With the imminent demise of 2011, I’ve been reviewing my photographic efforts from the year. Excluding photos from our recent Australian adventures- I’m still crunching those- I created 609 saleable images processed from over 15000 exposures. Of those, here are ones I see as the best:
Just a wheel bug (Arilus cristatus) on a stick, but I didn't expect the light and the colors to emerge with quite this much ZING.
Eciton burchellii army ants march through a cloud forest in Ecuador. This photo might not look like much at 550 pixel-width, but viewed large it's an action-packed panorama that well exceeded my expectations.
This capture of Hyalophora cecropia silk moths is among the first of my photographs I'd actually consider as art rather than simply natural history documentation.
Fed by a sister, a young drone honey bee drinks honey to acquire the energy to emerge from his natal cell. This capture is not the most aesthetically pleasing, but I find it unusually intimate for an insect picture.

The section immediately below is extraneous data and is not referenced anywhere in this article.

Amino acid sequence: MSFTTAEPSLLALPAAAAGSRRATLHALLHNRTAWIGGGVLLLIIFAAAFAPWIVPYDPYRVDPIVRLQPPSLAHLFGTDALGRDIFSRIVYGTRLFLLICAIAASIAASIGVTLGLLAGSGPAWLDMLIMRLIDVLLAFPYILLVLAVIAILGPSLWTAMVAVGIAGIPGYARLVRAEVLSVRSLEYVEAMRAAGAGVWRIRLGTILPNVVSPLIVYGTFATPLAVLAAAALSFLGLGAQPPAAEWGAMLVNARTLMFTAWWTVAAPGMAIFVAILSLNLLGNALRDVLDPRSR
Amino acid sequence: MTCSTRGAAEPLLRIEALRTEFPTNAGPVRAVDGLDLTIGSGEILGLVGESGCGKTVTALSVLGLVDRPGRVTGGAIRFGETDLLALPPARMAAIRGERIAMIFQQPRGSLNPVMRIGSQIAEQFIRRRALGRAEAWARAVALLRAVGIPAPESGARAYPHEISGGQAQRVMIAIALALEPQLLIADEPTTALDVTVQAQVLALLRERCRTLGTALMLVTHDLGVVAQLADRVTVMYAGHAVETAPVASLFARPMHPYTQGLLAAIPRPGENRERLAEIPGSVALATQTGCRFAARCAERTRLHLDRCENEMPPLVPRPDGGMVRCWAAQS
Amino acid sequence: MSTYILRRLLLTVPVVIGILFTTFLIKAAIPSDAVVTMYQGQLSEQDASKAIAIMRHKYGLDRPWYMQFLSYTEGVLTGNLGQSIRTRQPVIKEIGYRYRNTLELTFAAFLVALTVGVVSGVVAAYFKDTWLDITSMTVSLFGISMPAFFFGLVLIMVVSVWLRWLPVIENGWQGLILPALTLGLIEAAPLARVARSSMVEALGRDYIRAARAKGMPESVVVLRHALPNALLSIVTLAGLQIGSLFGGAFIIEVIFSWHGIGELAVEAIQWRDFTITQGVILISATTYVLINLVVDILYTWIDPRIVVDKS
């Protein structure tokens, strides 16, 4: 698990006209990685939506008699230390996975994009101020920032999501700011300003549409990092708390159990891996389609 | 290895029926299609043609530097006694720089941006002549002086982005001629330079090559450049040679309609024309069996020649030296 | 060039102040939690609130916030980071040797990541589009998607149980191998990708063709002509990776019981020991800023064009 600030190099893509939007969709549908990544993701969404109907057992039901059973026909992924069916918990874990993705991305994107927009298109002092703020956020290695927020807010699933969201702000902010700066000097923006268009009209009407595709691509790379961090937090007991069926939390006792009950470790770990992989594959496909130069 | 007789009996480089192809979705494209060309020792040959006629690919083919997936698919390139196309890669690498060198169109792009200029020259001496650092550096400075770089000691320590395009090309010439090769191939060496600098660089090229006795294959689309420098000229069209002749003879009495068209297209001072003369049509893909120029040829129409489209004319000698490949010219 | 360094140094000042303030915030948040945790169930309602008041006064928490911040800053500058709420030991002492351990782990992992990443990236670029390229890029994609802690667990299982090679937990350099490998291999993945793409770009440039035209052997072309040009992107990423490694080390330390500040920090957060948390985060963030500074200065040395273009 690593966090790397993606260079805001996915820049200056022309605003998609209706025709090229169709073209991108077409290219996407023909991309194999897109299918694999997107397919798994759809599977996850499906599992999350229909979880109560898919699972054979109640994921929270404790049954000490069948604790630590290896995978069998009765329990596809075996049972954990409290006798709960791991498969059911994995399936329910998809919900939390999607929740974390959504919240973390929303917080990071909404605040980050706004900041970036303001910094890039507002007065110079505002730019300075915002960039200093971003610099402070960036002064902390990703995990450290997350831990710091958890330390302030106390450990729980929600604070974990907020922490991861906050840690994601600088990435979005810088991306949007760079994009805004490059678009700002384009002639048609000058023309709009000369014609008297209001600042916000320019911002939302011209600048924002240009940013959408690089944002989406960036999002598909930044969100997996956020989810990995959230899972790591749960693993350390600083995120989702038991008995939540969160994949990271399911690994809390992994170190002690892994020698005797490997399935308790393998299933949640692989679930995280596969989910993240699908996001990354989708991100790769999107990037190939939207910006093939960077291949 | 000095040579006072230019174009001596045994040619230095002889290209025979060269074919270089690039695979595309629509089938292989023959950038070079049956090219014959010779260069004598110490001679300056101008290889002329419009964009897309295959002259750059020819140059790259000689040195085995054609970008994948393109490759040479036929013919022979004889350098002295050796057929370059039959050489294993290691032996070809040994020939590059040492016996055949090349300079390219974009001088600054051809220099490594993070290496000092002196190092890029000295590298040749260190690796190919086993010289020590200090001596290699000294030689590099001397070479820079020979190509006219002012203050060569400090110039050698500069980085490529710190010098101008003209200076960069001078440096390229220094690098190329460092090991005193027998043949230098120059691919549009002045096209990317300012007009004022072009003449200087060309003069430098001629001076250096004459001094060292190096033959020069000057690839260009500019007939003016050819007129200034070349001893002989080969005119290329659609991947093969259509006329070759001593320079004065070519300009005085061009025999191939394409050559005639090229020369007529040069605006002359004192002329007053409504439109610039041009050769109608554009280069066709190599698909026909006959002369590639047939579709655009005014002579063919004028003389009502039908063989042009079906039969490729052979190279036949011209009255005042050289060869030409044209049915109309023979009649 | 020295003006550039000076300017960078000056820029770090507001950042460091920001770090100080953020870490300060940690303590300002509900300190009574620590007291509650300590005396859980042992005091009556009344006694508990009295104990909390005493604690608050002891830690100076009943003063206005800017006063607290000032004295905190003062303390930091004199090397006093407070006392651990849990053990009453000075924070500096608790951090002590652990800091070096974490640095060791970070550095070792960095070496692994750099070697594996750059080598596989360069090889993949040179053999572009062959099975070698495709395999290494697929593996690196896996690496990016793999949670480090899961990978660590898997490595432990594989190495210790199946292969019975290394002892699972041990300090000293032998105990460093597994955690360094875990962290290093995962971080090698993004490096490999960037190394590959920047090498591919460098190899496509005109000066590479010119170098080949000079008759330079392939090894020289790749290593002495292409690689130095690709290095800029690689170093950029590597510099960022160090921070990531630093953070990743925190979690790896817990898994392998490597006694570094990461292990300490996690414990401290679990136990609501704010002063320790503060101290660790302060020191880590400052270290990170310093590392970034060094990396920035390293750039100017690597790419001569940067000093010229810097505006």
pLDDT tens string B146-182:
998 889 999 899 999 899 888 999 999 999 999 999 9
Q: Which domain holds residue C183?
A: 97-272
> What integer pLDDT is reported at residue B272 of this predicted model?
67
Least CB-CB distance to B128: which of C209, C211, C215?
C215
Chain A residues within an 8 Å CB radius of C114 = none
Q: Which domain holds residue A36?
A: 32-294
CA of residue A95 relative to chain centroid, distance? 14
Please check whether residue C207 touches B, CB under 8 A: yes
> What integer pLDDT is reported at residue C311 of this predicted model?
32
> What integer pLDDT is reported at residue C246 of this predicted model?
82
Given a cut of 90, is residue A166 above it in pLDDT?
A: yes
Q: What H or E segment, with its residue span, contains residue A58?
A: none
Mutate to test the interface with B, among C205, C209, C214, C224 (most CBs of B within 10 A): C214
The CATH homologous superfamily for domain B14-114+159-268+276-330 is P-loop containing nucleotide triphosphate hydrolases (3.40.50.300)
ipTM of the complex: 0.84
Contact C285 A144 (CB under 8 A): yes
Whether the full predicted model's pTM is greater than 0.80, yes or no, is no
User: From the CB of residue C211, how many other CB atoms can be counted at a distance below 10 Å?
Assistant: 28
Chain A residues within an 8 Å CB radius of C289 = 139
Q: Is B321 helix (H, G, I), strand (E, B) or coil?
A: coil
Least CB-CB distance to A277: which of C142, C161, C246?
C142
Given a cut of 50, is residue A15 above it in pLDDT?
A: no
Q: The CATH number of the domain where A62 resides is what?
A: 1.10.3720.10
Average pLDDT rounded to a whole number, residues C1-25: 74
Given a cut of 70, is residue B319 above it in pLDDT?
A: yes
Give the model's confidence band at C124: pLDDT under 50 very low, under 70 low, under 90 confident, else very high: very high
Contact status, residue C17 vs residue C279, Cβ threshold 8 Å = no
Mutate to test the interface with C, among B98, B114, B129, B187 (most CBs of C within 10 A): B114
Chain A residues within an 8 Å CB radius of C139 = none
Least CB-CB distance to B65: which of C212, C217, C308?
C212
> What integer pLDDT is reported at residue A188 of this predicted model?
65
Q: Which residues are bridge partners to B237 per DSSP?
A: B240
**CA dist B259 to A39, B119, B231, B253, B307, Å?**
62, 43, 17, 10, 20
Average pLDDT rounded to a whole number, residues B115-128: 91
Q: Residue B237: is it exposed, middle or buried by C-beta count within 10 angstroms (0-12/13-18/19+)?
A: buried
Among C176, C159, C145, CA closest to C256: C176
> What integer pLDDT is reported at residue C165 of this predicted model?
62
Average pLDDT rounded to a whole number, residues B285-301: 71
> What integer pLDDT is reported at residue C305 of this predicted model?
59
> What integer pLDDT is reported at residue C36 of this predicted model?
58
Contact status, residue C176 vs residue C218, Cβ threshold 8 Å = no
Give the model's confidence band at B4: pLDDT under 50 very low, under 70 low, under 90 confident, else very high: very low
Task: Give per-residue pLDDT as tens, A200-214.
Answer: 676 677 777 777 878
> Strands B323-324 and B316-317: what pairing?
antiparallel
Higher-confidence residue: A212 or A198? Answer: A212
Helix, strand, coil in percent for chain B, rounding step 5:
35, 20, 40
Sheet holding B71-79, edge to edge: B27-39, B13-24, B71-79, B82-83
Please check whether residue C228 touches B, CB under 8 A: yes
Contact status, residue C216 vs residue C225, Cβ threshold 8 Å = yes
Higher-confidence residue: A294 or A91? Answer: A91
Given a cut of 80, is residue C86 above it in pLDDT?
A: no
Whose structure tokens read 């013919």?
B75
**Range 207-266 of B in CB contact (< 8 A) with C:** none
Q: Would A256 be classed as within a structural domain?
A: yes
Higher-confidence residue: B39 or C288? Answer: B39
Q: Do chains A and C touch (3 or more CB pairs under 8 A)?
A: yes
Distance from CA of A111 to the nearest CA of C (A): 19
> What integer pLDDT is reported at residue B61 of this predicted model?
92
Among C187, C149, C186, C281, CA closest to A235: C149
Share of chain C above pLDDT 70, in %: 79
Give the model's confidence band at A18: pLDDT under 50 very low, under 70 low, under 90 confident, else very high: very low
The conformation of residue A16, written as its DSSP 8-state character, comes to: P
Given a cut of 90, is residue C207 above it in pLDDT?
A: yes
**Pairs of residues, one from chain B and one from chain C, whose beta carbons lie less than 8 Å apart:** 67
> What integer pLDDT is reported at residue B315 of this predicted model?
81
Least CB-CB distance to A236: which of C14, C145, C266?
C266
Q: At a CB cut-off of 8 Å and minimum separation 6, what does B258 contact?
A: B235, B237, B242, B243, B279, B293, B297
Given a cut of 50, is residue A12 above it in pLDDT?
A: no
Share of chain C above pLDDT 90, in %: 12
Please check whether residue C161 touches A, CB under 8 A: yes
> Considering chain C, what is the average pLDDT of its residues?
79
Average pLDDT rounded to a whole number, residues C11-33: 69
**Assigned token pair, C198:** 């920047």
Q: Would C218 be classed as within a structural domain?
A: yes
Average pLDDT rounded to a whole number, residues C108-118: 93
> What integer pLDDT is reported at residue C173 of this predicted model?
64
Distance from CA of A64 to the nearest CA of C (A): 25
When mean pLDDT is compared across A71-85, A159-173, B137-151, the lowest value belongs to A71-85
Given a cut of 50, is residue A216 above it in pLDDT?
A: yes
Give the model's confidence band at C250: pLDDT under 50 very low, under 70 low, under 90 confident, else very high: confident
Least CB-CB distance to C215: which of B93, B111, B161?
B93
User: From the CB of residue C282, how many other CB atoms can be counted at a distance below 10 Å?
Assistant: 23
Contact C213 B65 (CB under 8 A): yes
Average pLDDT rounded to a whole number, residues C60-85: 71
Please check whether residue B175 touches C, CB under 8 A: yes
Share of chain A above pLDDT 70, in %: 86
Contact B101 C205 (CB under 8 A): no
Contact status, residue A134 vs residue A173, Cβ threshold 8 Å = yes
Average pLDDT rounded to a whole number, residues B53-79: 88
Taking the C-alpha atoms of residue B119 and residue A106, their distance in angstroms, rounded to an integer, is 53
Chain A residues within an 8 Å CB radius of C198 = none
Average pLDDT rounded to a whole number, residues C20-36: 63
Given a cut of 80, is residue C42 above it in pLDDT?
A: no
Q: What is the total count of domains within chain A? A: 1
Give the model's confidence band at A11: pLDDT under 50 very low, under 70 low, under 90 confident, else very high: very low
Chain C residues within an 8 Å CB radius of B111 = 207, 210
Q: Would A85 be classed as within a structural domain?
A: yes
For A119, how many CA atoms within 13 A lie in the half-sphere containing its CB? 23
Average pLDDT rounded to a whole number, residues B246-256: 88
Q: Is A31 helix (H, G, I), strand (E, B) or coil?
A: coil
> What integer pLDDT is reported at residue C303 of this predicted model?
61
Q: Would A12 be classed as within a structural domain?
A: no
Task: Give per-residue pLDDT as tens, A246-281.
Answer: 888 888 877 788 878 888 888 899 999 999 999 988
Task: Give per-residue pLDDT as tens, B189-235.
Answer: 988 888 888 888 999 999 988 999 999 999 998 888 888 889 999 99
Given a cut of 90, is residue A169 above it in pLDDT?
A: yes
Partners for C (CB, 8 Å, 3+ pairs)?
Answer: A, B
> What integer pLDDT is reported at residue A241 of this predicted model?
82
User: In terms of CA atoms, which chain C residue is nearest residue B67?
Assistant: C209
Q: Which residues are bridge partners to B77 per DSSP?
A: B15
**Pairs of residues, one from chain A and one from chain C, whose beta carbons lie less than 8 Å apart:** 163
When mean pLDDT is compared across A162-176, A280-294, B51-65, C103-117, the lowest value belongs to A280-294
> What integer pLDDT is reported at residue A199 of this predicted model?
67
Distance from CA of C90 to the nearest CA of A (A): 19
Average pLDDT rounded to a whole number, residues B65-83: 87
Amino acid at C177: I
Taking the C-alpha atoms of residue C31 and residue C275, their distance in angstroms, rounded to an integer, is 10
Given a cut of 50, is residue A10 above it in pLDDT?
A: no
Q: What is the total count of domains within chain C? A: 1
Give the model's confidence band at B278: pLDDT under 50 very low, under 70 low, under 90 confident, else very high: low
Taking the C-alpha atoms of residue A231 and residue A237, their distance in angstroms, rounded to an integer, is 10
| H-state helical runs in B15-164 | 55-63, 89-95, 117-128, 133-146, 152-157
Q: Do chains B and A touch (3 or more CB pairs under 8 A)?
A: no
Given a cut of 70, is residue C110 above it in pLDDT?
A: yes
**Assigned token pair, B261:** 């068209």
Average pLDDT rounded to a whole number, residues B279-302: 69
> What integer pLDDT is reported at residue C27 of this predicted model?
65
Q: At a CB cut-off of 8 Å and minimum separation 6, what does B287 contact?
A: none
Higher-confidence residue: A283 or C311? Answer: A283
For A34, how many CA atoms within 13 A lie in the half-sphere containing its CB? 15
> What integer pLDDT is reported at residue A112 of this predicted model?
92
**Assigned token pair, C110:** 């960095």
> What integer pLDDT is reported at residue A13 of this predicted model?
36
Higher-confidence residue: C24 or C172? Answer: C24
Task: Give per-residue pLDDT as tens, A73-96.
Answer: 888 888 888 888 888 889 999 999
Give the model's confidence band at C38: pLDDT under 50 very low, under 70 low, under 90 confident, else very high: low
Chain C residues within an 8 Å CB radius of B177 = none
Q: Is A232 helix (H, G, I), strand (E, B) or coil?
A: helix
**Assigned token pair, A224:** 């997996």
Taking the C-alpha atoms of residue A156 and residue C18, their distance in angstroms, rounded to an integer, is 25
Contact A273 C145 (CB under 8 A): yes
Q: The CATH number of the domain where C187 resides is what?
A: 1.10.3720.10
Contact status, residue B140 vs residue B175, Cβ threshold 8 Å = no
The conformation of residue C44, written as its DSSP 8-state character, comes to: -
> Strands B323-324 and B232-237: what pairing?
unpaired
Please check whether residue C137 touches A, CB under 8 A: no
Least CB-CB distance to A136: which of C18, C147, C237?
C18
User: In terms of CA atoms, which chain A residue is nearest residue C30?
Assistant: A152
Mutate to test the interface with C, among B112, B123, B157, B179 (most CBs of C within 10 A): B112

Some images work for no other reason than an eye-catching subject. This friendly insect is an Ecuadorian grasshopper in the tropical family Proscopiidae.
I never thought I'd include a shot from my little Panasonic digicam in with my top photos, but I can't resist this portrait of a young mantis in her habitat. The subject and background lined up to produce an image better than either alone.
I shouldn't have to explain why I picked this one.
Where does the predator end and the prey begin? This shot of an Ecuadorian spider mimicking its ant prey is both aesthetically sound and biologically informative. I hope to do more of this sort of thing.
I can't photograph ants all the time. Sometimes, to mix it up, I shoot researchers who work with ants- like Benoit Guenard (left) and Eli Sarnat.